If you have been gaining weight or find it more and more difficult to maintain your weight, you are not alone. According to current statistics, one-third of U.S. adults are obese and two-thirds are considered overweight. Being overweight is now the norm in America, since only about 3 in 10 people are at a healthy body weight.
This is consistent with other reports that show that the waistlines of Americans are expanding. One recent study looked at the percentage of adults who had a high waist circumference (over 35 inches for women and over 40 inches for men). Overall, the average American added over one inch to their waist circumference over the past decade. As of 2012, over half of U.S. adults meet the criteria for abdominal obesity. This is bad news, since excess fat, especially around the waist, increases the risk of type 2 diabetes, hypertension, and heart disease.
It wasn’t always this way. As recently as the 1980s the prevalence of obesity was much lower, around 15%. There has been much interest in figuring out why this widespread weight gain has occurred. While there is no single cause, there are a host of factors that contribute to the obesity epidemic. This is the topic of my Health & Fitness column in the Aiken Standard this week.
Among the forces that seem to be working against you are your genetics and our environment, specifically as it relates to eating and activity behaviors. Over the past several decades our “food environment” has changed so that now low-quality, high-calorie food is readily accessible and more nutritious food is harder to find and more expensive. Our “activity environment” has changed, too. For most of us, the physical activity that was common at work and home years ago has been replaced by lots of sitting. While there are genes that influence our eating and activity behaviors, these genes have not changed enough over time to explain the obesity epidemic.
A practical explanation for weight gain, both for individuals and the population as a whole, is that we are eating more and expending less energy through activity. Indeed, even small changes in energy balance can add up to increased weight over time . A new study, however, suggests that there may be other factors that may have contributed to the rise in obesity beyond eating and activity.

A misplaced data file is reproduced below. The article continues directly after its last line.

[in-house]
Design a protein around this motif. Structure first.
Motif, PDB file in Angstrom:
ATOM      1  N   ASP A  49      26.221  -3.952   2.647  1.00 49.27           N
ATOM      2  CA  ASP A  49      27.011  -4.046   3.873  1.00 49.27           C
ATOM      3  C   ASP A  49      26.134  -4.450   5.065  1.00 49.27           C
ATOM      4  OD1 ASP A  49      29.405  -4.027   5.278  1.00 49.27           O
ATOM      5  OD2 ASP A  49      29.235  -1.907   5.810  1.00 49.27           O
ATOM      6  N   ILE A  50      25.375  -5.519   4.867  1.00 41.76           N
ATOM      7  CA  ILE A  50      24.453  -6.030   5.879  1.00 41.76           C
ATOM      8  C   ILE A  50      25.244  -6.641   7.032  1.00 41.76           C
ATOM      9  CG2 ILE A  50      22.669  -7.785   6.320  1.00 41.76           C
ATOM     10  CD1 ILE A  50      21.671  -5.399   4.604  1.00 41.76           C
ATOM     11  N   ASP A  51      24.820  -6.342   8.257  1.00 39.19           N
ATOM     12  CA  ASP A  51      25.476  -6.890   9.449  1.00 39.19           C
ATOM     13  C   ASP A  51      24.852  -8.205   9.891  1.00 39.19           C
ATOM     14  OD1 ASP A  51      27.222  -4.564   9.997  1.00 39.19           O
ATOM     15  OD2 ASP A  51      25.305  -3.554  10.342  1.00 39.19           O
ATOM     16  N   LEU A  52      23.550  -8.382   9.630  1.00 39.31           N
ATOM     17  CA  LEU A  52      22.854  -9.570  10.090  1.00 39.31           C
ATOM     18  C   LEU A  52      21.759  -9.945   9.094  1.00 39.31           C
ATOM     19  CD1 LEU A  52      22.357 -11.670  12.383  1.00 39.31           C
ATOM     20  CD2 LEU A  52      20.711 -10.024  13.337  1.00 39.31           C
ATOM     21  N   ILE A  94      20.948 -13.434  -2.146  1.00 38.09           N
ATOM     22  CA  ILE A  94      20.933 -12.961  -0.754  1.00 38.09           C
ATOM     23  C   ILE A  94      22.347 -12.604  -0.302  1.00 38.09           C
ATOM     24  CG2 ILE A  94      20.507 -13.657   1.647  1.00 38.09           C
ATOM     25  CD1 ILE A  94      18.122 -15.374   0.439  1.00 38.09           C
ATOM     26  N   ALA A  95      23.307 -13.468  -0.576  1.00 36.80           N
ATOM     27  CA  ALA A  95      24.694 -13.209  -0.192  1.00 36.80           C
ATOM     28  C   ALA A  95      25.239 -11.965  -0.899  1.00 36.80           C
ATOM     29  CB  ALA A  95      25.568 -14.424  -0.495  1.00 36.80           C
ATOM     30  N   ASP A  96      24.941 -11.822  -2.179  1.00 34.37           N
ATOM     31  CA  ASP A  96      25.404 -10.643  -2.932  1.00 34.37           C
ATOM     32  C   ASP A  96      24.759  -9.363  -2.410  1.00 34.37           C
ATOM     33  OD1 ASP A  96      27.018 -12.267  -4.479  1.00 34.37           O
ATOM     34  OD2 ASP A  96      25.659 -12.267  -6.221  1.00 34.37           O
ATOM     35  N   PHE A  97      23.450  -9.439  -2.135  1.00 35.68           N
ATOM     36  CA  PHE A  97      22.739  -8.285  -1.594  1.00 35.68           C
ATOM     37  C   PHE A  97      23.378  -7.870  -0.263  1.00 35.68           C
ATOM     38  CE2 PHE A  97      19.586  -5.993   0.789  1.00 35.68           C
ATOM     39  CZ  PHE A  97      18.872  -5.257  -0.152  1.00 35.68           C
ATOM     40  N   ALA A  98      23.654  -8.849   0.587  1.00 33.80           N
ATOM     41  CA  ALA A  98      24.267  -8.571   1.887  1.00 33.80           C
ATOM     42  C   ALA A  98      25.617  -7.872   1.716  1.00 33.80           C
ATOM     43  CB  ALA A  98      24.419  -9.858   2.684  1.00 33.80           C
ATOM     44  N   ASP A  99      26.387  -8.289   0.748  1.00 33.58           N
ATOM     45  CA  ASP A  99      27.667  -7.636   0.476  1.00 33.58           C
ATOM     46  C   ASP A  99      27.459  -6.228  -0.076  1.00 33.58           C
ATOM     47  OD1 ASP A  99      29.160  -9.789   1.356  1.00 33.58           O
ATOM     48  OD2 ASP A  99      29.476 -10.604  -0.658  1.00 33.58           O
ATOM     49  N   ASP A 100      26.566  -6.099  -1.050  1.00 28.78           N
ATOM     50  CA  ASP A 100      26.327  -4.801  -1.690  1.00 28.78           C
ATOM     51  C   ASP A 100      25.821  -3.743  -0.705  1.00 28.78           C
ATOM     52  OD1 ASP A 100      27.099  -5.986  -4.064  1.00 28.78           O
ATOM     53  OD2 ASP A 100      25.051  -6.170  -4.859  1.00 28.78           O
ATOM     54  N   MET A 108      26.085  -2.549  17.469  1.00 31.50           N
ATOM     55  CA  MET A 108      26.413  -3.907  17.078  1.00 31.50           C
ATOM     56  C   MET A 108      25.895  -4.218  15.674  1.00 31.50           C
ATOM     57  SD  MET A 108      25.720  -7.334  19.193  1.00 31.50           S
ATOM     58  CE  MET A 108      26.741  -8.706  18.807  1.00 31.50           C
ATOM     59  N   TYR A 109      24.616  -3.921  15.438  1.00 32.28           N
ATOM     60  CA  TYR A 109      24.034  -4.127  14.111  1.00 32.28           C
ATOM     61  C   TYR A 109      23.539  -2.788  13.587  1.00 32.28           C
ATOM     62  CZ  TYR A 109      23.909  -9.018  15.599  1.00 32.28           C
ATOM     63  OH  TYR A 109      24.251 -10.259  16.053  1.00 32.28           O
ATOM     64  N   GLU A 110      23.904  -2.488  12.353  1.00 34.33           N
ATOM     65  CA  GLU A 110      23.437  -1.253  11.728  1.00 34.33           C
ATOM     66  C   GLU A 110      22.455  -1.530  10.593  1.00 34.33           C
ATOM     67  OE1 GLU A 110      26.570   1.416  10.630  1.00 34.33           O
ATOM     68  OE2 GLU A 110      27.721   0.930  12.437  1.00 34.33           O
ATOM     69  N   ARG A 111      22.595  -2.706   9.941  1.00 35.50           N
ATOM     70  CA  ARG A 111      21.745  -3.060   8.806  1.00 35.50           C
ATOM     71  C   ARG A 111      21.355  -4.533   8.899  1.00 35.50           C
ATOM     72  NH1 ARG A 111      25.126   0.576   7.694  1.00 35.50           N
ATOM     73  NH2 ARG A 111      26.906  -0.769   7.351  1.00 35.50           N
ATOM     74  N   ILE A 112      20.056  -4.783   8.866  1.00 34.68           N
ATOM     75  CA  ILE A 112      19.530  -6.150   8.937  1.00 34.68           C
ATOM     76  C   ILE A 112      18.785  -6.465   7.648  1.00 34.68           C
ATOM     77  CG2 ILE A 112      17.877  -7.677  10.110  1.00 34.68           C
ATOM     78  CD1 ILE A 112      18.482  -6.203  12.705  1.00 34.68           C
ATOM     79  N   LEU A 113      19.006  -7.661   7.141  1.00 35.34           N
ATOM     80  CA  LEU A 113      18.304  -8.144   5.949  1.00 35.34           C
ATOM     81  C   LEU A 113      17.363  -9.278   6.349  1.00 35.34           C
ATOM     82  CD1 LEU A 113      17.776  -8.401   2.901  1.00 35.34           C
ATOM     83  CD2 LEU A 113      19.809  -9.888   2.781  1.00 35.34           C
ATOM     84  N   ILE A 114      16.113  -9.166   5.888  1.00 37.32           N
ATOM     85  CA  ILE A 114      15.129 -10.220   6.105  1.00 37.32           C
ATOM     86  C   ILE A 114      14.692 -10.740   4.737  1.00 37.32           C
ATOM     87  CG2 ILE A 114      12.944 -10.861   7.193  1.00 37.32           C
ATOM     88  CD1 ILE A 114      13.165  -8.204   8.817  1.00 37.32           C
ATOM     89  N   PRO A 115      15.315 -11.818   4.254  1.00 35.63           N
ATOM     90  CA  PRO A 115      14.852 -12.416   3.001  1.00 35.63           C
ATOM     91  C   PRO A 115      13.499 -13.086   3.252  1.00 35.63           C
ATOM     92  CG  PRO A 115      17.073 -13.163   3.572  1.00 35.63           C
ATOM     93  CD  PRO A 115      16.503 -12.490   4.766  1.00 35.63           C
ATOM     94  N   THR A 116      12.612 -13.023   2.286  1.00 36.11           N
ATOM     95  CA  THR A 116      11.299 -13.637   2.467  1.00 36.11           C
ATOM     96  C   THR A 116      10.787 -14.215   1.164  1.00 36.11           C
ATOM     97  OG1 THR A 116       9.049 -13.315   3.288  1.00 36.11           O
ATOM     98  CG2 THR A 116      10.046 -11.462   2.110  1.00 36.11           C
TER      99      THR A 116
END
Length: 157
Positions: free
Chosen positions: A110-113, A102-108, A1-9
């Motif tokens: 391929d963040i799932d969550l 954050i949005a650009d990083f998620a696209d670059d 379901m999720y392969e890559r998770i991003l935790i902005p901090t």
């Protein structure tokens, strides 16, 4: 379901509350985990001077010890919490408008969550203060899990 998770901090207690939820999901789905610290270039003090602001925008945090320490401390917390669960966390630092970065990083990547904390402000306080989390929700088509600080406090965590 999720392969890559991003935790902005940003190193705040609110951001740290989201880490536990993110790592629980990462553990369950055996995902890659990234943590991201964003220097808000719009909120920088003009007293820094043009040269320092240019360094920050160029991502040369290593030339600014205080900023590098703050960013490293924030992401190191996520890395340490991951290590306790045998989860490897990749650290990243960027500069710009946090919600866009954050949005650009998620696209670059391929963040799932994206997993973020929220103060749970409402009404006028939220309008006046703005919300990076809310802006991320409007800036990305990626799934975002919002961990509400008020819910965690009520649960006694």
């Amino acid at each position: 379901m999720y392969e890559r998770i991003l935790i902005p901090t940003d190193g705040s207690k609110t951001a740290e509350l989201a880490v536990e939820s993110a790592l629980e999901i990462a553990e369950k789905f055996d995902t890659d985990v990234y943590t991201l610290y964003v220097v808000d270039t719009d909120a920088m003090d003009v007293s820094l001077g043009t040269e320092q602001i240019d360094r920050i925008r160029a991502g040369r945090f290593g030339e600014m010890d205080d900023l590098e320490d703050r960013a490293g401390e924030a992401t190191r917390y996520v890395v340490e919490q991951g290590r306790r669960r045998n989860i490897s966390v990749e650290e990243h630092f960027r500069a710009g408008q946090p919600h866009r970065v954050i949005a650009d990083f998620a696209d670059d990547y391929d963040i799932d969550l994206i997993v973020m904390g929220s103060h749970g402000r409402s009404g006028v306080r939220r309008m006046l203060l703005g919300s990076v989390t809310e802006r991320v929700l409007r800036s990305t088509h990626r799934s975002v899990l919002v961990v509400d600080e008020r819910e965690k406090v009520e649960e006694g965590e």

Among these factors are exposure to certain chemicals in the environment, the use of prescription drugs that cause weight gain, and how our current diet has changed the bacteria in our intestines, that we now know regulate our physiology in surprising ways. For example, bisphenol A (BPA), still found in some plastics, food containers, and receipts, alters normal hormone activity in a way that may increase fat storage.
There is some good news, though. Eating a healthy diet and being active everyday can help you lose weight and maintain a healthy weight. This is true whether your concern is changes in your own eating and activity habits or these other potential causes of weight gain. Indeed, regular exercise may help treat many conditions, like depression, for which prescription medications that may cause weight gain are often used. And a diet rich in fruits, vegetables, and whole grains and low in added sugar may help restore more normal gut bacteria which might help with weight control.
Until we know otherwise, eating smart and moving more is still your best approach to weight control and good health.
Nutrition, exercise, and health information can be confusing. But it doesn't have to be that way. What can I help you with? firstname.lastname@example.org | http://twitter.com/drbrianparr